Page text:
Warwick restored Henry VI to the throne in October 1470, however Edward IV returned to the country in March 1471 and quickly captured London and the person of Henry VI. The mentally troubled Henry VI was taken by Edward IV as a prisoner to the Battle of Barnet, where Warwick was killed on 14 April 1471. Edward IV then incarcerated Henry VI in the Tower of London. Following the decisive Yorkist victory at the Battle of Tewkesbury on 4 May, Henry was reported to have died of "pure displeasure and melancholy," although "The Great Chronicle of London" reported that Richard, Duke of Gloucester, was responsible for his death. As Constable of England, he probably delivered King Edward's order to kill Henry to the Constable of the Tower.
Margaret of Anjou had returned to England with Anne Neville and Prince Edward in April, bringing additional troops. At the Battle of Tewkesbury, Edward IV crushed this last Lancastrian army. Prince Edward was killed in or shortly after the battle, and Anne Neville was taken prisoner. She was taken first to Coventry and then to the house of her brother-in-law the Duke of Clarence in London, while her mother Anne Beauchamp, Warwick's wife, sought sanctuary in Beaulieu Abbey. When the crisis settled down and the Countess wished to be restored to her estates, Edward IV refused her safe conduct to plead her case; she wrote to Queen Elizabeth and several others to no avail.
Anne, now widowed, became the subject of some dispute between George of Clarence and his brother Richard of Gloucester, who still wanted to marry her. Anne Neville and her sister, the Duchess of Clarence, were heiresses to their parents' vast estates. Clarence, anxious to secure the entire inheritance, treated her as his ward and opposed her getting married, which would strengthen her position to claim a share.
There are various accounts of what happened subsequently, including the story that Clarence hid her in a London cookshop, disguised as a servant, so that his brother would not know where she was. Gloucester is said to have tracked her down and escorted her to sanctuary at the Church of St Martin le Grand. In order to win the final consent of his brother George to the marriage, Richard of Gloucester renounced most of Warwick’s land and property, including the earldoms of Warwick (which the earl had held in his wife’s right) and Salisbury and surrendered to Clarence the office of Great Chamberlain of England.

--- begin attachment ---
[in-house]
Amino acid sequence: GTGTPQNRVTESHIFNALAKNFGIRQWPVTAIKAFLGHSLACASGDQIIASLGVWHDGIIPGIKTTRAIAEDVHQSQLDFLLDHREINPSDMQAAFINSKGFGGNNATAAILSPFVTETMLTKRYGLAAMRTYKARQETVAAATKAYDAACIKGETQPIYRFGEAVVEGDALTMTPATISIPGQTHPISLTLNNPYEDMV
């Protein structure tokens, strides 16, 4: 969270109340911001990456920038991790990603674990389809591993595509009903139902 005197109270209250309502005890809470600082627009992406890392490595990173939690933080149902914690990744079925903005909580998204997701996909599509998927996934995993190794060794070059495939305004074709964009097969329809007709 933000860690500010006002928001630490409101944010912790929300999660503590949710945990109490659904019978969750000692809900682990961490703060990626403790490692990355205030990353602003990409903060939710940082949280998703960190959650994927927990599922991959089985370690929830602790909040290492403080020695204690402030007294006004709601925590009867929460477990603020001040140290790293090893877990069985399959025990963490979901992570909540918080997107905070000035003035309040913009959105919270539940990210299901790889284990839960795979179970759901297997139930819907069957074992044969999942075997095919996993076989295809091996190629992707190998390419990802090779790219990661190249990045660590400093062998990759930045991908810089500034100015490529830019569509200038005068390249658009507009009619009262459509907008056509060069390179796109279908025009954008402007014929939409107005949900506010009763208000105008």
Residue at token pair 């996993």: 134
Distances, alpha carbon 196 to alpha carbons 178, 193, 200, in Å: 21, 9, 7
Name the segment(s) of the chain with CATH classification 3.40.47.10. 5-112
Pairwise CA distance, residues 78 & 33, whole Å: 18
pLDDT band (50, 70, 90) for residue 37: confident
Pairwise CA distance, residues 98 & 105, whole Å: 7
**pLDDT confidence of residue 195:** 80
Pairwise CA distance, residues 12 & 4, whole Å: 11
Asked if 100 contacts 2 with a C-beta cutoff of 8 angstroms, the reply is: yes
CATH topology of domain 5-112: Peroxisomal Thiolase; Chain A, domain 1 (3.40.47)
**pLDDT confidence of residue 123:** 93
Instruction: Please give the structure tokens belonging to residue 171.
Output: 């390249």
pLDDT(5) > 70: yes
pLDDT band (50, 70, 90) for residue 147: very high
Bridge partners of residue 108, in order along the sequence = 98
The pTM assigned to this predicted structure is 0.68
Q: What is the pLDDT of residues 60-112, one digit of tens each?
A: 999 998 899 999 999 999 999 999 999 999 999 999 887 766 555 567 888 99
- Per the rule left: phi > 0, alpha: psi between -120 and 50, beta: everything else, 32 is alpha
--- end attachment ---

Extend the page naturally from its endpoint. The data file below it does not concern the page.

The exact date of the wedding of Anne Neville and Richard, Duke of Gloucester, is not known, although most sources agree that a ceremony took place in the spring of 1472 in the chapel of St Stephen in Westminster Palace. The couple made their marital home in the familiar surroundings of Middleham Castle,Yorkshire, after Richard was appointed Governor of the North on the king's behalf. Upon her marriage, Anne was styled Duchess of Gloucester. They had only one child, Edward, born at Middleham allegedly sometime in 1473, but more probably in 1476. Anne's mother, the dowager Countess of Warwick, joined her daughter's household in 1473 after Richard obtained the king's permission to release his mother-in-law from her guarded sanctuary
In 1478, Anne Neville inherited the Lordship of Glamorgan. The title had been held by her father and on his death had passed to Anne's elder sister Isabel Neville. Females could not exercise the Lordship in their own right, so the title immediately transferred to Isabel's husband, the Duke of Clarence. On his death in February 1478, the title passed to Anne and was henceforth exercised by her husband, Richard of Gloucester until his death, when it passed to the new king, Henry VII.
On 9 April 1483, Edward IV died and Anne's husband Richard was named Lord Protector for his 12-year-old nephew Edward V. But on 25 June 1483, Edward V and his siblings were declared illegitimate and Richard ascended the throne as King Richard III. Anne Neville was crowned alongside her husband on 6 July 1483 by Thomas Bourchier, Archbishop of Canterbury, in the first joint coronation after 175 years. The queen’s train was borne by Margaret, Countess of Richmond, whose son would become Henry VII after defeating Richard at the Battle of Bosworth. Almost the entire peerage of England was present at what was a magnificent spectacle. Richard and Anne's son Edward of Middleham was created Prince of Wales in York Minster on 8 September 1483 following their Royal Progress across England.